Recasting the Golden Rule:
diversification after the crisis
Up to 90% of your overall returns can be attributed to how your portfolio is divided among the three main asset classes: cash, fixed income and equities. This first measure of diversification is the most important factor when balancing risk tolerance with higher returns, relative to your goals and overall comfort level with risk.
Before the financial crisis, growth-oriented investors focused on equities (e.g. stocks) that typically produce higher returns over a long-term investment timeline. Yet, when the financial crisis hit, many investors shifted to “safer” fixed-income and cash products such as bonds and GICs. That was a year ago. Now it’s time for investors to get back on track. With new market activity and a revised economic outlook in store, now may be the time to re-diversify and add some high-quality stocks to your portfolio to take advantage of long-term growth potential ahead.
Finding your real comfort level with risk
With equilibrium returning to the markets, re-assess your real, honest comfort level with risk. We underscore “real and honest” because often, when the markets are performing well, investors are wooed by great returns and feel a false sense of security, taking on more risk than they are truly comfortable with. During periods of poor performance, like the crisis of 2008, they realize that they were not very comfortable with risk after all, and enter “panic mode” – quickly selling assets or exiting the markets entirely. Now is the time to understand your own tolerance for risk, and how to negotiate that with your desired returns, income needs and investment timeframe.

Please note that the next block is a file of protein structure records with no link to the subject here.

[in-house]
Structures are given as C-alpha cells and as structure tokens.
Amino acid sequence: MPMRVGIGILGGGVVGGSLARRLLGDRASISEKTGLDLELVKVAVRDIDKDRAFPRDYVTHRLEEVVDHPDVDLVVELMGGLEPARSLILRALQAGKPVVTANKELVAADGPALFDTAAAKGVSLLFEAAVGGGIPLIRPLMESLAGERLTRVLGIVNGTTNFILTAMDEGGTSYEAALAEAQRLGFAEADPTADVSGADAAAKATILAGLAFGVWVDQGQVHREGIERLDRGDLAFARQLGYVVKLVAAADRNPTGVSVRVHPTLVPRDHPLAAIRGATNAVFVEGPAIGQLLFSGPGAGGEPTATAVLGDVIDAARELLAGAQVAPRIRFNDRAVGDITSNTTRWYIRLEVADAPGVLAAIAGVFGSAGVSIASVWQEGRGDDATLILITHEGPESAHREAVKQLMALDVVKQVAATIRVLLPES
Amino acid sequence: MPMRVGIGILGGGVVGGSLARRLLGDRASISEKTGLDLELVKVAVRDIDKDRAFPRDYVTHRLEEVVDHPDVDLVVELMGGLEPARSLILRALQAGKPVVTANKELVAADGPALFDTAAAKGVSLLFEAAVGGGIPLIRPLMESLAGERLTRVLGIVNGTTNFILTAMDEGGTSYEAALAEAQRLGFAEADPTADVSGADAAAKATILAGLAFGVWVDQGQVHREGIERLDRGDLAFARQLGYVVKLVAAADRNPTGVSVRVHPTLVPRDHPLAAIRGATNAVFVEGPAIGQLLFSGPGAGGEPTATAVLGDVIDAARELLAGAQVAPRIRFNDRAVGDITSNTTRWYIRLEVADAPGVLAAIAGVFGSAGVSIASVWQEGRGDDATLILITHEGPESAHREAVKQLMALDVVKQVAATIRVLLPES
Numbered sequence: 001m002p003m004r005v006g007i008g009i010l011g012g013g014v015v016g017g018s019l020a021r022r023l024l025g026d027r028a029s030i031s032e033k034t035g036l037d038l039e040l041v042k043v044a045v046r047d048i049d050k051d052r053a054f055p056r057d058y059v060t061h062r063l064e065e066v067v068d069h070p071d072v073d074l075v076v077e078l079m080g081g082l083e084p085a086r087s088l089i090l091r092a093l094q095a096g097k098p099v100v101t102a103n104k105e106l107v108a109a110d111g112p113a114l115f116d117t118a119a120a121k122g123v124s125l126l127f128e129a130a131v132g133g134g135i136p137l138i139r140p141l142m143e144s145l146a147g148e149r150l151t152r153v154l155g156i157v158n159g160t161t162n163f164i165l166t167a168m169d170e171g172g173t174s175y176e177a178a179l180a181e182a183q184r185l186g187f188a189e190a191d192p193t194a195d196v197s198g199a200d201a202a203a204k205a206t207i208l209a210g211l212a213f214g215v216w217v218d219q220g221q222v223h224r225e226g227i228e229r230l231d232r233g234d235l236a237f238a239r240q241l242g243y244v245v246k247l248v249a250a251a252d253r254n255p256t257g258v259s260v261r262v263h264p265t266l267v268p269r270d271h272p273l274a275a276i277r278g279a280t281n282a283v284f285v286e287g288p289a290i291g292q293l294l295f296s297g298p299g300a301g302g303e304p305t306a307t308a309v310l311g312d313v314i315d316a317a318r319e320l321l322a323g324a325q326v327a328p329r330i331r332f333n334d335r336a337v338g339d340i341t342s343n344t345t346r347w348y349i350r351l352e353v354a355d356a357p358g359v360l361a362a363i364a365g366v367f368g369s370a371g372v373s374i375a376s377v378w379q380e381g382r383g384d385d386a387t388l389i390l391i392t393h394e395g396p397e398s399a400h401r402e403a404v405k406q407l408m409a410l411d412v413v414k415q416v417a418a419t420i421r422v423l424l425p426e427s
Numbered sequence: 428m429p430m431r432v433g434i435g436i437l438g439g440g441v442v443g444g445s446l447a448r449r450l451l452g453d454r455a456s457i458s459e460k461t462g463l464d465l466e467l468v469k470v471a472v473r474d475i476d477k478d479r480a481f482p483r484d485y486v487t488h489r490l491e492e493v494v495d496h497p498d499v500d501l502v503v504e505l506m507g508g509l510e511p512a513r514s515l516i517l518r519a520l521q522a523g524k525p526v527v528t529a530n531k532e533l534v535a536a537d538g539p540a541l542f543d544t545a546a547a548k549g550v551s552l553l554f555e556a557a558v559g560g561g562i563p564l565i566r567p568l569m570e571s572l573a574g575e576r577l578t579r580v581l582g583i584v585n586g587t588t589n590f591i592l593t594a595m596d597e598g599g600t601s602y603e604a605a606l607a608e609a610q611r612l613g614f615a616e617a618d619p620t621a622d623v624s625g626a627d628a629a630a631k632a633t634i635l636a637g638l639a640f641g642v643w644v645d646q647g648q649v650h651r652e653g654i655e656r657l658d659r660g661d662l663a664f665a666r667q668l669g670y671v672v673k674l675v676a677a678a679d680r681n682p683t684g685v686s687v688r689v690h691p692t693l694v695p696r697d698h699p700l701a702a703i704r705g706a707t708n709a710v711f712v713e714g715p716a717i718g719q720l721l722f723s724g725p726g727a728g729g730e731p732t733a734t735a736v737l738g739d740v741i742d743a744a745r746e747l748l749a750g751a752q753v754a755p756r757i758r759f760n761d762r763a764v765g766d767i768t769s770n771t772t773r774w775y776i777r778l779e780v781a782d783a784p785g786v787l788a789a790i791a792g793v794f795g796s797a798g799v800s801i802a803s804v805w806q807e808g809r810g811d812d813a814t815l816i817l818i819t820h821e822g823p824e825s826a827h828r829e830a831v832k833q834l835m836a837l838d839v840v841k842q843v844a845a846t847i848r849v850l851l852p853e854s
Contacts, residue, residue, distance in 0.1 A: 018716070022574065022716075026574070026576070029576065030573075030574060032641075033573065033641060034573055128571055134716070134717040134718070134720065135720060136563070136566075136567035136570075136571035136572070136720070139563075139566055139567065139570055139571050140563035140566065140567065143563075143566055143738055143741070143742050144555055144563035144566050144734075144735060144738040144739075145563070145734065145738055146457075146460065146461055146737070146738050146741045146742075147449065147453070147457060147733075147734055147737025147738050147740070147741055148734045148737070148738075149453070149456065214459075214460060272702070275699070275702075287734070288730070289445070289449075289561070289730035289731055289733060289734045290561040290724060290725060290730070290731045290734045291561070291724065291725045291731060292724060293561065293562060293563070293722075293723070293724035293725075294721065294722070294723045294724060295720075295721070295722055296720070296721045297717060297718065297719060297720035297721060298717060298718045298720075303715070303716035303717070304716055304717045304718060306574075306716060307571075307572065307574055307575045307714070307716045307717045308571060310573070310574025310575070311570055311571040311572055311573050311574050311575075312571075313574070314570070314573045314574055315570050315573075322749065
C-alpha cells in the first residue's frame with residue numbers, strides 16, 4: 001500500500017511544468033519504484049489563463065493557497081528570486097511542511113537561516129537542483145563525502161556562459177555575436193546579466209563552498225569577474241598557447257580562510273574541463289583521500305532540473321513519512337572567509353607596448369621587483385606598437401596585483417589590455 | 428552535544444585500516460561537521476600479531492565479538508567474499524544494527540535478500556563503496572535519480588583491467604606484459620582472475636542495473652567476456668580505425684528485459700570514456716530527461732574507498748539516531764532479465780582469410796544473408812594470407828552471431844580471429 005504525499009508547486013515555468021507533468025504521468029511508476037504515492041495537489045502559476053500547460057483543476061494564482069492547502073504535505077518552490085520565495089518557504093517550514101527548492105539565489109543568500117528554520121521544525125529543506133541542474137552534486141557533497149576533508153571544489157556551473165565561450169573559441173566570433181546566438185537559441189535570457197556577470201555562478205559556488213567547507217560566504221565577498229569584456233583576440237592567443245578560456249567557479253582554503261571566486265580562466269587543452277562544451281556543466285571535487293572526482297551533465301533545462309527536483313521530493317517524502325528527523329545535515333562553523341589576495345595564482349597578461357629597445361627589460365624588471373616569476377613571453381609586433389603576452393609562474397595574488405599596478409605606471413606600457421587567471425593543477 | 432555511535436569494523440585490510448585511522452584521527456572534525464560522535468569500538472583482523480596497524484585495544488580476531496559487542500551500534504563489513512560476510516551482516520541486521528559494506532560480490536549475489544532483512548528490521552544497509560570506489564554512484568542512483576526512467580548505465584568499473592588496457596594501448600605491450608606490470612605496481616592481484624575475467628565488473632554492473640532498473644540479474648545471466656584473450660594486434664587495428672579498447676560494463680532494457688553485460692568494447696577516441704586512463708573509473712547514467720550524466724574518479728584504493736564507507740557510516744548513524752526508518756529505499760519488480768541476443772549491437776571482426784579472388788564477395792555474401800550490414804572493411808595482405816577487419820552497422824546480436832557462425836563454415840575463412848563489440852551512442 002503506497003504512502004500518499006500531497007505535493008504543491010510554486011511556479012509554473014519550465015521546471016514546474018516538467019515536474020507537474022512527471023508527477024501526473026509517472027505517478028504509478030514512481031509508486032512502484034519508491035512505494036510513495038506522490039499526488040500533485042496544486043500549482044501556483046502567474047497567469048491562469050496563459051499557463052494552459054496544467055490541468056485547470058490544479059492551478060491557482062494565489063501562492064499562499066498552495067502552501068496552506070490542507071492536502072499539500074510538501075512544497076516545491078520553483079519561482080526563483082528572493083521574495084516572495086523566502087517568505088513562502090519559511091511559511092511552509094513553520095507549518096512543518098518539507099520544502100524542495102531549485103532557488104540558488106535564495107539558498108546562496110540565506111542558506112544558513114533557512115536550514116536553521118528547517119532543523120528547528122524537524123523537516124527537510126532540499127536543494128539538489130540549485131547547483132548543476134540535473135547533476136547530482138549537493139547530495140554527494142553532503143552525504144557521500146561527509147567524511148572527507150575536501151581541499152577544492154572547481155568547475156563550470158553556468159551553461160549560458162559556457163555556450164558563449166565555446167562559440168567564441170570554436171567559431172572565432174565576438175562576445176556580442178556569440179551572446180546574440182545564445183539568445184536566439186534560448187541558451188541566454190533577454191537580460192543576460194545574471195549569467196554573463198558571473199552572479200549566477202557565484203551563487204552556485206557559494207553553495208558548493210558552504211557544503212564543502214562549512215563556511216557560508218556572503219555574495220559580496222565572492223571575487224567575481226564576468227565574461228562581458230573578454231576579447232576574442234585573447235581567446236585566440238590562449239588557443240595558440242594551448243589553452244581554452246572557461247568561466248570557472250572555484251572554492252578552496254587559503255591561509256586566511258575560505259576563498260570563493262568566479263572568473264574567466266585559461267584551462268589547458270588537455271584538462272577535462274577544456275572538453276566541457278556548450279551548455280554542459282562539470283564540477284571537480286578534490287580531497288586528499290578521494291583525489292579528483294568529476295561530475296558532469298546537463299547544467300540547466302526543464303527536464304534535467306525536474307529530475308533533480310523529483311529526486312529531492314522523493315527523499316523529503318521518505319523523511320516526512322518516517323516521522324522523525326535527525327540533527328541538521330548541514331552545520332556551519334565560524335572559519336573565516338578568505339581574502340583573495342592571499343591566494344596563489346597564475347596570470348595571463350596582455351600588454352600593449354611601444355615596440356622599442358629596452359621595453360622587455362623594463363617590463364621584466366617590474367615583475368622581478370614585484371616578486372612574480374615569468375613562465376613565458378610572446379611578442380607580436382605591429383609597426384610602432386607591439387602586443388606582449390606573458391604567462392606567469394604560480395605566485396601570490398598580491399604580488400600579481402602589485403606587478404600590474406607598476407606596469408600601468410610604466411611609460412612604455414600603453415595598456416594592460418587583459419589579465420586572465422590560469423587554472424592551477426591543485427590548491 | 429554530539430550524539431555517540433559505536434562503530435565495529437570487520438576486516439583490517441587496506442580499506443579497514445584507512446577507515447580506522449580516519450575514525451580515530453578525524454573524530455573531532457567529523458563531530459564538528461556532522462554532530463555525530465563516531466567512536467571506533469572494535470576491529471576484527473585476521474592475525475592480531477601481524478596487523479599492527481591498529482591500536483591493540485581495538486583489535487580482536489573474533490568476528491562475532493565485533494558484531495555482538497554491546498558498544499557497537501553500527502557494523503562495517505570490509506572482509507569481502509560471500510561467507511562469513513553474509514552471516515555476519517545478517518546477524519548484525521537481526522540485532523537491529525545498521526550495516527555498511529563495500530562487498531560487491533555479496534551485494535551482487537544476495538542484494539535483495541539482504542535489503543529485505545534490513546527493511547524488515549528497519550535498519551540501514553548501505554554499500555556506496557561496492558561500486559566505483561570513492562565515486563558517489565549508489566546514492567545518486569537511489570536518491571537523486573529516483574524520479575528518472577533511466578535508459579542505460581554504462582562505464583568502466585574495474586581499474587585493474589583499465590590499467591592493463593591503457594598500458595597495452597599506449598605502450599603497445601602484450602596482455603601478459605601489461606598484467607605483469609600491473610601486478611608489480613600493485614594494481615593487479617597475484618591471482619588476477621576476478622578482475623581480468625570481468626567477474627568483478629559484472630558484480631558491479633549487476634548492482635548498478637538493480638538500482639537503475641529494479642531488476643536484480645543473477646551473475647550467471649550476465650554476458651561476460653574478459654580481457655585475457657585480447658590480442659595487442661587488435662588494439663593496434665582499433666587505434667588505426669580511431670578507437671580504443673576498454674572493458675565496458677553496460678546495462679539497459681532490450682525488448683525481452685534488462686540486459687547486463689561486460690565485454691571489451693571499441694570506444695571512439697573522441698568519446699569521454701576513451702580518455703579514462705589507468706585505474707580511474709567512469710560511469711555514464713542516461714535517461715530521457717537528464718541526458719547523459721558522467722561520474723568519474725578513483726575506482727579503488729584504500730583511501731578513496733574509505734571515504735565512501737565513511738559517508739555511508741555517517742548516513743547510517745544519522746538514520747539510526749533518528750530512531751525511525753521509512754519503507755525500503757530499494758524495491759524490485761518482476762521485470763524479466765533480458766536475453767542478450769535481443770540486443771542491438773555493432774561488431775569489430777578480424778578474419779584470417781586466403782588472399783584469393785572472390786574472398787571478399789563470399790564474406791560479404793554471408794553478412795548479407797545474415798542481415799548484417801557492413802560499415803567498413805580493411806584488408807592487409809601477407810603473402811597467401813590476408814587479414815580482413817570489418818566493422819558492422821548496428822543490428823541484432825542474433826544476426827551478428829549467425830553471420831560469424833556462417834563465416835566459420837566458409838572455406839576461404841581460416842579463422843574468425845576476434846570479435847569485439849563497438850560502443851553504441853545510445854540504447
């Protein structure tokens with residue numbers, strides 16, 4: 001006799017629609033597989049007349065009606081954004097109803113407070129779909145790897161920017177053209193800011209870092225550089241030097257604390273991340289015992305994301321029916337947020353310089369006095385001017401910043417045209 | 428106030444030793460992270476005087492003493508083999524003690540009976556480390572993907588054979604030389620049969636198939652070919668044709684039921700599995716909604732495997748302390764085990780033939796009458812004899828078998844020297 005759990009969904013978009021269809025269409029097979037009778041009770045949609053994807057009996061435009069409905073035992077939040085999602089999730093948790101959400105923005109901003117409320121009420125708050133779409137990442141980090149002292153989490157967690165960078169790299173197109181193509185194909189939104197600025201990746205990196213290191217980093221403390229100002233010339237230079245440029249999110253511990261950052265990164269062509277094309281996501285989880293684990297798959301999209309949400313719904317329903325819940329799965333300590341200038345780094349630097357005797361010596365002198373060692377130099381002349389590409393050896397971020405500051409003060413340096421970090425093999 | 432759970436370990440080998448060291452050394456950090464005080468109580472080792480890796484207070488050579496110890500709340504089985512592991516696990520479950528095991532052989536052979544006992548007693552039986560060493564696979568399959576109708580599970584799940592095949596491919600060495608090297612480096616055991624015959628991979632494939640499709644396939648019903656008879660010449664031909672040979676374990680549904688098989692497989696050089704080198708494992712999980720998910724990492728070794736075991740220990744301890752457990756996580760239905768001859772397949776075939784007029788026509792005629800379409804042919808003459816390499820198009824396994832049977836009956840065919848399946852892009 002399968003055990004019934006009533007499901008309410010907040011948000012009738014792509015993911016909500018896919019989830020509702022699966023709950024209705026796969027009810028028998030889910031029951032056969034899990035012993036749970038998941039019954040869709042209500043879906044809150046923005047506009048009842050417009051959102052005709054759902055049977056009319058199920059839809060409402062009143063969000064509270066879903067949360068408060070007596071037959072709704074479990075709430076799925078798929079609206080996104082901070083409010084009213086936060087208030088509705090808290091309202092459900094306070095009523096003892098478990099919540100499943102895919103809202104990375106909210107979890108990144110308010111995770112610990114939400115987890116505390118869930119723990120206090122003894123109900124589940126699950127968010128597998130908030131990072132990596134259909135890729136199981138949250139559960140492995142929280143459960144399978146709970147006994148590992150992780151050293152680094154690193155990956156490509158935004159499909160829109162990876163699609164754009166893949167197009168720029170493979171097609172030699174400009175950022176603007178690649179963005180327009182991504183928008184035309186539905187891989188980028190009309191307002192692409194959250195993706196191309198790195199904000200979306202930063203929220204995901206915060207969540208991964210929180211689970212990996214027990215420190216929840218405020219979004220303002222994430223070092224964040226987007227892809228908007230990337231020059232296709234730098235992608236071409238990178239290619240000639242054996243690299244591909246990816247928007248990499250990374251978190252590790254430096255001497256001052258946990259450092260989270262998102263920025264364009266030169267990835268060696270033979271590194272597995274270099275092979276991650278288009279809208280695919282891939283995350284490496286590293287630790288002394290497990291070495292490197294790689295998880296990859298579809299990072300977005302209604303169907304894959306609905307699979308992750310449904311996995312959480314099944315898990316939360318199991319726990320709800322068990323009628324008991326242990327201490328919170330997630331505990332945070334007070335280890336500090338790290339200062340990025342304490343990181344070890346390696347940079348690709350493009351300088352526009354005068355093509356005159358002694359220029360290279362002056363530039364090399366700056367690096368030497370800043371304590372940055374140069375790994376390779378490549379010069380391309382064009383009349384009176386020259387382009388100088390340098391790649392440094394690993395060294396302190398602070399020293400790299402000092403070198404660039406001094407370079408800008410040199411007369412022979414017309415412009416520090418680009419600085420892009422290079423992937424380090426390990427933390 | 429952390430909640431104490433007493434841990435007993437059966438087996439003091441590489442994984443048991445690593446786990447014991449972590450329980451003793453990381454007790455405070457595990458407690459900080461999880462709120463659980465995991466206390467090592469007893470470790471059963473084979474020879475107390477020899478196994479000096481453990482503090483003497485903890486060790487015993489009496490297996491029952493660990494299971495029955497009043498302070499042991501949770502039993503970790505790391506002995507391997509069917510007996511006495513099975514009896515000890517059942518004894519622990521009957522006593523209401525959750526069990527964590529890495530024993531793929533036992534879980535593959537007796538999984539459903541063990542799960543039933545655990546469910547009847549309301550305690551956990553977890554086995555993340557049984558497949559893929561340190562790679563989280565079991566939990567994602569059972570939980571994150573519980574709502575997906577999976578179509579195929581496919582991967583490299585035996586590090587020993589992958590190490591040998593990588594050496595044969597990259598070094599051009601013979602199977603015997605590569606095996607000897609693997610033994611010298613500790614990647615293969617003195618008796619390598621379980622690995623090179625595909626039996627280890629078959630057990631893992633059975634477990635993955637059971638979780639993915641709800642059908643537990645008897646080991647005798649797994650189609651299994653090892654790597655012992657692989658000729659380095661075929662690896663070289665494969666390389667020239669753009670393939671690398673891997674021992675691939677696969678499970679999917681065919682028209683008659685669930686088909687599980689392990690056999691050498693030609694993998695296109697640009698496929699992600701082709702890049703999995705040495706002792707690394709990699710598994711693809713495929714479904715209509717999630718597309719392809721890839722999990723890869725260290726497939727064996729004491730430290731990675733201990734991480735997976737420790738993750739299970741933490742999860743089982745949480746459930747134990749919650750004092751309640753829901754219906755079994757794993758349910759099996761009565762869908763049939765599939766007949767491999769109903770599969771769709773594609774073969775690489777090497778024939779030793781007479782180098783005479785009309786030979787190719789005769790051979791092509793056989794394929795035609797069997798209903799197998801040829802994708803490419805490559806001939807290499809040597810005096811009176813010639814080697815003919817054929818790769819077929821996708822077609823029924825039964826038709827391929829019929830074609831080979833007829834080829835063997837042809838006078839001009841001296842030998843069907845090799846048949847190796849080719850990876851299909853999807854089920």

Putting it together: Diversify your risk tolerance
Just as there is no one-size-fits-all approach to investing, there is no one-size-fits-all approach to managing risk. Dalbar, the research firm known for its annual report on investor behaviour, recommends a strategy called Purpose-Based Asset Management in which you arrange your portfolio based on different goals (retirement, saving for a big purchase, your child’s education or wedding) and assign a specific risk tolerance to each goal.
This way, you can be more conservative with your retirement or your child’s education, but can accept greater risk when saving for a big purchase.
With this approach, you can take some risk while you know that you aren’t being reckless with core retirement or future savings.
Markets change, but successful investment strategies are timeless
If your “crisis” portfolio model shifted dramatically – say from a long-term growth model to “money-stuffed-under-a-mattress” model – don’t let it remain that way as the markets recover. You could be left in the cold as other investors begin to rebuild their wealth. Many investors re-tuned their investment portfolios in time to take advantage of the recent stock market uptick. If you think it’s too late for your portfolio to take advantage of the recovery, don’t lose hope. Retain a long-term view to investing and you can still take advantage.
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